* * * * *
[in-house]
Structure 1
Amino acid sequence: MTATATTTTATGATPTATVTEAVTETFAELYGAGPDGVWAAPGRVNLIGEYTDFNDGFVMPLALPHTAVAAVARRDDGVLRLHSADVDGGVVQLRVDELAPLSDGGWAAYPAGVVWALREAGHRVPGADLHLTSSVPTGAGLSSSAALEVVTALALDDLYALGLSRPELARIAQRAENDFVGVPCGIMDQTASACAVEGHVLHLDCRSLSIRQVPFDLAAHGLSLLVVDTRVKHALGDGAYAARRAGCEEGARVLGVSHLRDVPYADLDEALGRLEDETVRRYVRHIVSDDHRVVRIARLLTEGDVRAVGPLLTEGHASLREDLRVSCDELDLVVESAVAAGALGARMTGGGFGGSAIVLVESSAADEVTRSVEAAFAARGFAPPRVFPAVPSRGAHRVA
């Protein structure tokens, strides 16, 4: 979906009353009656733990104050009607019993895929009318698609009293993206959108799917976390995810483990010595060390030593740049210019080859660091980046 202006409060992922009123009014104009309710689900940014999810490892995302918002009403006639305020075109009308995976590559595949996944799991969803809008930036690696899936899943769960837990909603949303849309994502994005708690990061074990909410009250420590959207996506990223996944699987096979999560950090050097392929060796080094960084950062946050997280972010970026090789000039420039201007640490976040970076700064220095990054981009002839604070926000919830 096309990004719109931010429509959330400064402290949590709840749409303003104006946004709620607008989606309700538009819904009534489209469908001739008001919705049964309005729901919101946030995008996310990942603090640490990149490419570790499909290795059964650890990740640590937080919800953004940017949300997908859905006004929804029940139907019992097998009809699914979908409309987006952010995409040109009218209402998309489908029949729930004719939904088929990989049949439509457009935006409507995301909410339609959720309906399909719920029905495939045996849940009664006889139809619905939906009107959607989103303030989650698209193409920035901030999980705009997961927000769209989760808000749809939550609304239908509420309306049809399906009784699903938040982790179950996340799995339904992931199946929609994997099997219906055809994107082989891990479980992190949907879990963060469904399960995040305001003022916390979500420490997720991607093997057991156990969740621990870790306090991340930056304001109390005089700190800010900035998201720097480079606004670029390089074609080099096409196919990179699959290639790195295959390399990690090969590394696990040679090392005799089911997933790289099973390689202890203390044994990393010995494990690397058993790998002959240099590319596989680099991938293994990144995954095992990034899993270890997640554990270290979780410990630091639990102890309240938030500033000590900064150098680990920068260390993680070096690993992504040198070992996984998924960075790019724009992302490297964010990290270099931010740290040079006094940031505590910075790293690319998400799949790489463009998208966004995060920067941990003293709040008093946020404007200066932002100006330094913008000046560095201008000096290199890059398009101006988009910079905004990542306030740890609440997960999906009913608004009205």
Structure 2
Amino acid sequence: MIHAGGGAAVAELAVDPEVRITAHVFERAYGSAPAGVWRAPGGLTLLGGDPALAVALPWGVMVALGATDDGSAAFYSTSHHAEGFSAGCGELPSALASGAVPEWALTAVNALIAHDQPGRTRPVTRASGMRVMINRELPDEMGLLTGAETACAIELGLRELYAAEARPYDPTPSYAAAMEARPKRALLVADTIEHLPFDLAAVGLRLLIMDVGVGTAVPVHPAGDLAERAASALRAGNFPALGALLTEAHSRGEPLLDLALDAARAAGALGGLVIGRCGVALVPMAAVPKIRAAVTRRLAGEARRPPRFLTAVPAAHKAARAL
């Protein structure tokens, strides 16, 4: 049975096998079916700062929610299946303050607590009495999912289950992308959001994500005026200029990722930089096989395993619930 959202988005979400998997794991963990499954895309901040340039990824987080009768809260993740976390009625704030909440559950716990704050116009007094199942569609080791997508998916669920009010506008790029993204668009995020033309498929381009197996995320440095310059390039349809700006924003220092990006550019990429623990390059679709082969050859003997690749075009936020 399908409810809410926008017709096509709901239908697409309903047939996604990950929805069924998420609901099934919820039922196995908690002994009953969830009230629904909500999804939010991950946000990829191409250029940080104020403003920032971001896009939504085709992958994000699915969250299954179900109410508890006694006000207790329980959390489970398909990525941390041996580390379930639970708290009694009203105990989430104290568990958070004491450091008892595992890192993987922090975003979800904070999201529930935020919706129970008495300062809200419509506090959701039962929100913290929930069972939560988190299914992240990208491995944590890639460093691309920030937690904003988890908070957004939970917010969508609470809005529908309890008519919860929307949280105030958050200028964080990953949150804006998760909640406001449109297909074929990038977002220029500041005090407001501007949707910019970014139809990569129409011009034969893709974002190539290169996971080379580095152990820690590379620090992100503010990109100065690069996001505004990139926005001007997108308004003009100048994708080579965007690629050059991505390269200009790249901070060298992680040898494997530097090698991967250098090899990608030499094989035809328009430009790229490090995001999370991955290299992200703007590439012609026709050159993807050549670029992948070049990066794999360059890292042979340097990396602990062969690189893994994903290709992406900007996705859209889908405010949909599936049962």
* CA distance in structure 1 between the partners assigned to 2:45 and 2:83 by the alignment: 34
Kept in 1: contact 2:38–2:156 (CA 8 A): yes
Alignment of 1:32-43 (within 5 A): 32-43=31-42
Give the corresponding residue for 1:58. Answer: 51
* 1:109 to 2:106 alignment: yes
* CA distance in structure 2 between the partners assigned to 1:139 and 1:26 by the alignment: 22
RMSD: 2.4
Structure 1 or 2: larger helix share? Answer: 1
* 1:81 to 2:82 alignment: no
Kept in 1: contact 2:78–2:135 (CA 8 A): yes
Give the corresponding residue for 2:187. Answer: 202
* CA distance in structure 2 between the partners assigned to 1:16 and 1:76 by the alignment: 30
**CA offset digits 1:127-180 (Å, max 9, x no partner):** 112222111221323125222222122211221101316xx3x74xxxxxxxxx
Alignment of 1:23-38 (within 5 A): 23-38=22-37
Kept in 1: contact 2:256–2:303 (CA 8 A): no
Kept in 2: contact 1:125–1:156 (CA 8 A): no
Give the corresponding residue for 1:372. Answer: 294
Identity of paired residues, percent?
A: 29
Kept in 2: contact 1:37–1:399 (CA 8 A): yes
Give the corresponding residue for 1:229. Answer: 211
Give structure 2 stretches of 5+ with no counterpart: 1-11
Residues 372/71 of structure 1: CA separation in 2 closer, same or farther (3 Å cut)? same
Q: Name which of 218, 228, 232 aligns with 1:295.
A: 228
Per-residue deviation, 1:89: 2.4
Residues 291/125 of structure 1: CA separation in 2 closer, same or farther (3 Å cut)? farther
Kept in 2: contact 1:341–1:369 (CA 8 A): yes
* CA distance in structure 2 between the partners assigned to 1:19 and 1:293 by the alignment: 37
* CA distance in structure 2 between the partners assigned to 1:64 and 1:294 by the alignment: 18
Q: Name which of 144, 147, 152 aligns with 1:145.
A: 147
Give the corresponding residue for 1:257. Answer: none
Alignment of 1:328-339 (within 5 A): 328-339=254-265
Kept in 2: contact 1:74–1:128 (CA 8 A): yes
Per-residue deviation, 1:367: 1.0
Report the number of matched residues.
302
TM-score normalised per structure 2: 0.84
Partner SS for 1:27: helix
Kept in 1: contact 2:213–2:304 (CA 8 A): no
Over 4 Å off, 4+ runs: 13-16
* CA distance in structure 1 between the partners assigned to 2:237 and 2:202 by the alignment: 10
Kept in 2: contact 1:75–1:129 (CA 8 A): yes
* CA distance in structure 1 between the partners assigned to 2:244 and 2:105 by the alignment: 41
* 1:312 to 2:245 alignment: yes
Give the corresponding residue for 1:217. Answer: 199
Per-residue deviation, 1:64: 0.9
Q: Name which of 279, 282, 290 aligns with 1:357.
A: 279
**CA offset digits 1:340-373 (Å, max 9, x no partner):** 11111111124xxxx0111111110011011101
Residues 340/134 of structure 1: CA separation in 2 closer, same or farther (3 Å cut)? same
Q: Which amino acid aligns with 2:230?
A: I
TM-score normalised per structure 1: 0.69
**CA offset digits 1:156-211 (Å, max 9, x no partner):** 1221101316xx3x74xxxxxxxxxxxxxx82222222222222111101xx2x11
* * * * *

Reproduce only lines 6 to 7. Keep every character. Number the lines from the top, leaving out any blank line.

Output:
Amino acid sequence: MIHAGGGAAVAELAVDPEVRITAHVFERAYGSAPAGVWRAPGGLTLLGGDPALAVALPWGVMVALGATDDGSAAFYSTSHHAEGFSAGCGELPSALASGAVPEWALTAVNALIAHDQPGRTRPVTRASGMRVMINRELPDEMGLLTGAETACAIELGLRELYAAEARPYDPTPSYAAAMEARPKRALLVADTIEHLPFDLAAVGLRLLIMDVGVGTAVPVHPAGDLAERAASALRAGNFPALGALLTEAHSRGEPLLDLALDAARAAGALGGLVIGRCGVALVPMAAVPKIRAAVTRRLAGEARRPPRFLTAVPAAHKAARAL
């Protein structure tokens, strides 16, 4: 049975096998079916700062929610299946303050607590009495999912289950992308959001994500005026200029990722930089096989395993619930 959202988005979400998997794991963990499954895309901040340039990824987080009768809260993740976390009625704030909440559950716990704050116009007094199942569609080791997508998916669920009010506008790029993204668009995020033309498929381009197996995320440095310059390039349809700006924003220092990006550019990429623990390059679709082969050859003997690749075009936020 399908409810809410926008017709096509709901239908697409309903047939996604990950929805069924998420609901099934919820039922196995908690002994009953969830009230629904909500999804939010991950946000990829191409250029940080104020403003920032971001896009939504085709992958994000699915969250299954179900109410508890006694006000207790329980959390489970398909990525941390041996580390379930639970708290009694009203105990989430104290568990958070004491450091008892595992890192993987922090975003979800904070999201529930935020919706129970008495300062809200419509506090959701039962929100913290929930069972939560988190299914992240990208491995944590890639460093691309920030937690904003988890908070957004939970917010969508609470809005529908309890008519919860929307949280105030958050200028964080990953949150804006998760909640406001449109297909074929990038977002220029500041005090407001501007949707910019970014139809990569129409011009034969893709974002190539290169996971080379580095152990820690590379620090992100503010990109100065690069996001505004990139926005001007997108308004003009100048994708080579965007690629050059991505390269200009790249901070060298992680040898494997530097090698991967250098090899990608030499094989035809328009430009790229490090995001999370991955290299992200703007590439012609026709050159993807050549670029992948070049990066794999360059890292042979340097990396602990062969690189893994994903290709992406900007996705859209889908405010949909599936049962």